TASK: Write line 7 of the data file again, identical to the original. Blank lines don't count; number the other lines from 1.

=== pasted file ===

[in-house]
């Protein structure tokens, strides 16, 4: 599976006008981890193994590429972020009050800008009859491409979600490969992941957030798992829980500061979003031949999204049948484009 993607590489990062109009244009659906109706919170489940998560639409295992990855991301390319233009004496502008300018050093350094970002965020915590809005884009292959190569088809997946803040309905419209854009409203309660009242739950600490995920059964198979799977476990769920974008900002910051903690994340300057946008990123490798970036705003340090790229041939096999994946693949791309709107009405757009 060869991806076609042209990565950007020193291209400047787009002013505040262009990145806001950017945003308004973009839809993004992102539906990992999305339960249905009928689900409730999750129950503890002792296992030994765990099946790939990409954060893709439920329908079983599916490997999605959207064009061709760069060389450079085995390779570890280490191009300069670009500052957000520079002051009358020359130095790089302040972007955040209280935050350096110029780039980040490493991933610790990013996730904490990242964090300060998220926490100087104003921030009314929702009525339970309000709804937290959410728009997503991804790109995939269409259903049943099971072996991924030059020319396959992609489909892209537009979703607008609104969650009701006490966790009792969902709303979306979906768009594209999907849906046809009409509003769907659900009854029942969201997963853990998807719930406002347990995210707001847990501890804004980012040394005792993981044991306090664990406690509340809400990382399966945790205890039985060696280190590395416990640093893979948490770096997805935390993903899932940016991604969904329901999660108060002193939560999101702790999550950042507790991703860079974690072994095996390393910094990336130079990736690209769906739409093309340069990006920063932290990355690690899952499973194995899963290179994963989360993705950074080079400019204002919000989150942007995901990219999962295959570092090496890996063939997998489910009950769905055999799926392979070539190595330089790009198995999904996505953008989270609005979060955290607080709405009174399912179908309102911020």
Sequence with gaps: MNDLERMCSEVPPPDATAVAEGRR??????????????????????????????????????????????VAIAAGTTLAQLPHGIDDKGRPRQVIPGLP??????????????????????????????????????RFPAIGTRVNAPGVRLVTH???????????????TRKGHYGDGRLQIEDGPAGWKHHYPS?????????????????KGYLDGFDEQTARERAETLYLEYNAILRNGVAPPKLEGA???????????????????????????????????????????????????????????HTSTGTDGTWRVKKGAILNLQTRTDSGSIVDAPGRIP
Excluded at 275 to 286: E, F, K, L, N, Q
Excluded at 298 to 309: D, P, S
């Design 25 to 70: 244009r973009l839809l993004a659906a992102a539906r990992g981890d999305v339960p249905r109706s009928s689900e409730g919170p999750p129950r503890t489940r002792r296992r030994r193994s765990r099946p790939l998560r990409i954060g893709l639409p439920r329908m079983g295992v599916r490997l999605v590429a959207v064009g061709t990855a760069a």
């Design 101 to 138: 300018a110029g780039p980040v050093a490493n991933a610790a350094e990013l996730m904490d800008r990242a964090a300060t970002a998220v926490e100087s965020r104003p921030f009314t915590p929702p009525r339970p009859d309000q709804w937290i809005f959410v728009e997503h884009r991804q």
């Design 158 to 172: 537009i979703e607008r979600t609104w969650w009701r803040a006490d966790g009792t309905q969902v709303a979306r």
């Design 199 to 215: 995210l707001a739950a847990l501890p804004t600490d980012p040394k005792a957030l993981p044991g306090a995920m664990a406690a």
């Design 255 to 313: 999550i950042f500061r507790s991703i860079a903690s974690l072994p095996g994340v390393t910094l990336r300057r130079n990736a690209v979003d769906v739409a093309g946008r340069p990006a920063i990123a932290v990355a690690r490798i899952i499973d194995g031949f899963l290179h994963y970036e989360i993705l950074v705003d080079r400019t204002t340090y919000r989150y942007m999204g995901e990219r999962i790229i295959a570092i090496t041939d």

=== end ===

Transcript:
């Design 101 to 138: 300018a110029g780039p980040v050093a490493n991933a610790a350094e990013l996730m904490d800008r990242a964090a300060t970002a998220v926490e100087s965020r104003p921030f009314t915590p929702p009525r339970p009859d309000q709804w937290i809005f959410v728009e997503h884009r991804q």